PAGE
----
Wednesday, 15 January 2014

So I Read Ghost: In The Smoke and Din

A 250 word (or less) review of the first Ghost collection
By Kelly Sue DeConnick, Phil Noto, and Lee Loughridge; Dark Horse Books

Ghost: In The Smoke and Din is a modern re-imagining of a very 90s gun-toting ghost superhero. It is also written by Kelly Sue DeConnick who is reliably one of my favourite mainstream comics writers. So despite the comic being, at least on the premise level, something I could live without, I trusted to talented creators and gave it a try. Ghost: In The Smoke and Din, begins with the stars of Phantom Finders, a paranormal investigation reality TV show, Vaughn Barnes, a disgraced jorunalist, and Tommy Byers, a bro-y believer, as they test a stolen device and discover a real live (dead?) Ghost. A Ghost with no memory of who she is and a burning desire to solve her own murder. A quest that will uncover a larger conspiracy of corruption and murder and supernatural horror. It's a pretty good superhero comic. I mean, from a plot perspective it is a bit straightforward and the art, while very nice, is not experimental enough to really sell the book as an art comic. That said, the character work in Ghost: In The Smoke and Din is fantastic: DeConnick's dialogue in this book sizzles and pops and, when paired with Noto's excellent facial acting chops, really brings the characters to life. It's this facet of the book that elevates Ghost and makes it more than a by-the-numbers superhero comic and worth the price of admission. If you are looking for some Superheroic action with some remarkably excellent dialogue, I recommend Ghost.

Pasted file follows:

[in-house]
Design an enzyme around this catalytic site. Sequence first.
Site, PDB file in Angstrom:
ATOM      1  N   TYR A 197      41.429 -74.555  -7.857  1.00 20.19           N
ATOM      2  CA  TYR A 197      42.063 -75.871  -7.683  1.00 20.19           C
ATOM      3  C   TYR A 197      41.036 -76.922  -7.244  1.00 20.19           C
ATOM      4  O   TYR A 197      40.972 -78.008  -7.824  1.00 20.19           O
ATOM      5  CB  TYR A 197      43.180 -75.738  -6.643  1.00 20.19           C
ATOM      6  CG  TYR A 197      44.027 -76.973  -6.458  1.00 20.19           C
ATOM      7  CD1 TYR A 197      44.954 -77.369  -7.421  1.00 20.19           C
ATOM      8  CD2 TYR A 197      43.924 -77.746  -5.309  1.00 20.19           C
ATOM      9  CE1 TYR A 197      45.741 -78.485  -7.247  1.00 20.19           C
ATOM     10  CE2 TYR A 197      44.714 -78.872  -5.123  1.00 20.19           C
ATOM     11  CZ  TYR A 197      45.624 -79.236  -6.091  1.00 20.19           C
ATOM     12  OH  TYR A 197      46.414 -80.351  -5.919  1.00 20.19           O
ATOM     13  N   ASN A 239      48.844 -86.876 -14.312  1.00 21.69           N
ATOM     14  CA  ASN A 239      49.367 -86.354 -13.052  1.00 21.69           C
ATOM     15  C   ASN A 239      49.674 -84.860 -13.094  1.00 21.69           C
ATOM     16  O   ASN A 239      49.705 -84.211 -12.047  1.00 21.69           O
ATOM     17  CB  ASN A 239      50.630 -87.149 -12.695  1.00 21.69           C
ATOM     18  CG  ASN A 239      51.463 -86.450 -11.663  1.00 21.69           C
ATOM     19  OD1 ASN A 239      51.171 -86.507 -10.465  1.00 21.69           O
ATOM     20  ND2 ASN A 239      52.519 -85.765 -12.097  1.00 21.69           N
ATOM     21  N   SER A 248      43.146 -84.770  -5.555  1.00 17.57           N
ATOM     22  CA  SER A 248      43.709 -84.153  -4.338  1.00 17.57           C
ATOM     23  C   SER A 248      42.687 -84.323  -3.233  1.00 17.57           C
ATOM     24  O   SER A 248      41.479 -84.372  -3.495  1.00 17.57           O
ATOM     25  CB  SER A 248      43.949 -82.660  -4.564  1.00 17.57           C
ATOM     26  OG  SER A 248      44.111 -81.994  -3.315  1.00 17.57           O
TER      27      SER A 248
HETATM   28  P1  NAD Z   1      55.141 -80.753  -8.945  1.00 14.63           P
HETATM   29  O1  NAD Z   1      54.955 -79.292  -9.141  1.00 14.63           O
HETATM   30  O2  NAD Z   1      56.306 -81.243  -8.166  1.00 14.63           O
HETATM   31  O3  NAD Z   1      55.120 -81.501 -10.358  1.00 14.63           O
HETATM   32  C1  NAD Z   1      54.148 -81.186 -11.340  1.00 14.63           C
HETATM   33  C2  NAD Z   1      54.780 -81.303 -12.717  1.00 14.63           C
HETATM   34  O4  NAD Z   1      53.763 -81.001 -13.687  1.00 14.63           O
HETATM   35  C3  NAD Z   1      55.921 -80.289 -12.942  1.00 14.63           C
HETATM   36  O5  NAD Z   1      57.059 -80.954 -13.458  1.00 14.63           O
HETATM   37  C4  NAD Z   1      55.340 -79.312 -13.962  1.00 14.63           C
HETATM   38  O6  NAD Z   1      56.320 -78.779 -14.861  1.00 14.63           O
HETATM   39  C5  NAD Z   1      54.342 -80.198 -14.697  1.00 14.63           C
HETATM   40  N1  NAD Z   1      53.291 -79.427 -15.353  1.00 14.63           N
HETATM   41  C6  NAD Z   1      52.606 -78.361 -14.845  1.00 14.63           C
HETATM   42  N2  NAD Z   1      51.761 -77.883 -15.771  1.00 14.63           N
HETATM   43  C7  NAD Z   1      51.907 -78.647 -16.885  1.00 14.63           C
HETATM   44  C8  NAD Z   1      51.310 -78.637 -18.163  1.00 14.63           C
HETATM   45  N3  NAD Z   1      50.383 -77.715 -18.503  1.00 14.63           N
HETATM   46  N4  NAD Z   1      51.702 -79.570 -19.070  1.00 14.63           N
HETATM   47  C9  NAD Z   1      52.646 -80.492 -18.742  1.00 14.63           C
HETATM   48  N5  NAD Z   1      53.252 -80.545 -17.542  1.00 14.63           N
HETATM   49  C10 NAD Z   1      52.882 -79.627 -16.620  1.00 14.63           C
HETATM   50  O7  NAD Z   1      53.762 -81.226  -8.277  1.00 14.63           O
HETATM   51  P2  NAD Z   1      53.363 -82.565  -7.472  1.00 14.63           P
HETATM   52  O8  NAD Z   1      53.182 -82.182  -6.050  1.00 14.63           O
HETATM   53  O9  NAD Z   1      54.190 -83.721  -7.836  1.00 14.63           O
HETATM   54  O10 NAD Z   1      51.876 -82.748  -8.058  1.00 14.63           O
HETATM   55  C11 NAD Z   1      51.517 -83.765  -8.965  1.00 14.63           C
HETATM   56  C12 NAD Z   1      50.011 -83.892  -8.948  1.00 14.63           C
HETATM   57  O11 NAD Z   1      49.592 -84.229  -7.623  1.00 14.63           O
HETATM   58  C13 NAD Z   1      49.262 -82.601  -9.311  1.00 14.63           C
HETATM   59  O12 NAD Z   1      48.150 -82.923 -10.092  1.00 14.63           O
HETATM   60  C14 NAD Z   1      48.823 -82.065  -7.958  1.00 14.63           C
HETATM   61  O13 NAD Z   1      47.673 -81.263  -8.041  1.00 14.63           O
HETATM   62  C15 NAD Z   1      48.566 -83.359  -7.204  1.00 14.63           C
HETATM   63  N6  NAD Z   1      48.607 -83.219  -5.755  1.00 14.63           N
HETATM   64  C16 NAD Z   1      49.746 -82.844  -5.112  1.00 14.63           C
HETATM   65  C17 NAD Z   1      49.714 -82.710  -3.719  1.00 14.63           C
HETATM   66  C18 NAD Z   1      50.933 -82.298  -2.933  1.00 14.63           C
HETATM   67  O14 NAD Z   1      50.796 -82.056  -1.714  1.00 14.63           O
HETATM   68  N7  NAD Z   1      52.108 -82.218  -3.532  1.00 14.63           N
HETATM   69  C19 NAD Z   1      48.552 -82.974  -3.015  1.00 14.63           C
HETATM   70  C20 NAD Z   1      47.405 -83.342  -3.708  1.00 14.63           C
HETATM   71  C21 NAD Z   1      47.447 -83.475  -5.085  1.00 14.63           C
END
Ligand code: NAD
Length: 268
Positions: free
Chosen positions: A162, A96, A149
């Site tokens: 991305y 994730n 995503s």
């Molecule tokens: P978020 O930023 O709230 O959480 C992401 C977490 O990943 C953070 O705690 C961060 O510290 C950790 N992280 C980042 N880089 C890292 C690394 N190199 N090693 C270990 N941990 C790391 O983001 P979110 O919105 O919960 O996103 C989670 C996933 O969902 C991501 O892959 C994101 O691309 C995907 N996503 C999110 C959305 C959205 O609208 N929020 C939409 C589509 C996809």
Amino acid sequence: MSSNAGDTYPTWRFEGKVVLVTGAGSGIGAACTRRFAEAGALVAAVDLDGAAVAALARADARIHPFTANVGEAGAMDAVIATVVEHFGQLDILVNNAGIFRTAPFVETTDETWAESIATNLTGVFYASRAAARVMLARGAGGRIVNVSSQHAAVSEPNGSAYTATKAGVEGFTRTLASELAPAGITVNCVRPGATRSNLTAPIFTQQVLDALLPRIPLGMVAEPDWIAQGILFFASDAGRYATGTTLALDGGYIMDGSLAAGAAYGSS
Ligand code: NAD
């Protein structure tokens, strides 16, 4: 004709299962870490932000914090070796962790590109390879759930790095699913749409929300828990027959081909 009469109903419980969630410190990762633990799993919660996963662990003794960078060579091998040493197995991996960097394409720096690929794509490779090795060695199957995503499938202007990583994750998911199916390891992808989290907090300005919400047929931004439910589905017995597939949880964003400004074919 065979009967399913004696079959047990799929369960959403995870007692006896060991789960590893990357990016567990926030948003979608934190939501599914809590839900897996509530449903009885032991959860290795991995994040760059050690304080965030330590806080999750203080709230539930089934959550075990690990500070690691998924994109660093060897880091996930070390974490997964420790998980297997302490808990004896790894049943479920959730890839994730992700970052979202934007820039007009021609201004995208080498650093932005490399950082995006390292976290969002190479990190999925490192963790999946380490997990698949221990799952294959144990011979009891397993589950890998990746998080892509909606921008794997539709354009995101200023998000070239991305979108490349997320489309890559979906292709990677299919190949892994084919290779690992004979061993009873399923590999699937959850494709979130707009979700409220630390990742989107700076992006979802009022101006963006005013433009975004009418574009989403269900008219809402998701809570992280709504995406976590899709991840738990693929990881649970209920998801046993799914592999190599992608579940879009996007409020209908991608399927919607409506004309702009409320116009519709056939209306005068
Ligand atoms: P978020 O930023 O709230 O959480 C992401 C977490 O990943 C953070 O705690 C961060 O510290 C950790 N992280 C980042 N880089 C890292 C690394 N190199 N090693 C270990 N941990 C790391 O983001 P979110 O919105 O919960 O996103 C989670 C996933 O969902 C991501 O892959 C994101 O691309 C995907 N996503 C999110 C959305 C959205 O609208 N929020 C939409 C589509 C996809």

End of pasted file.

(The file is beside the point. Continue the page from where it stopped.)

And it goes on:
Word count: 250

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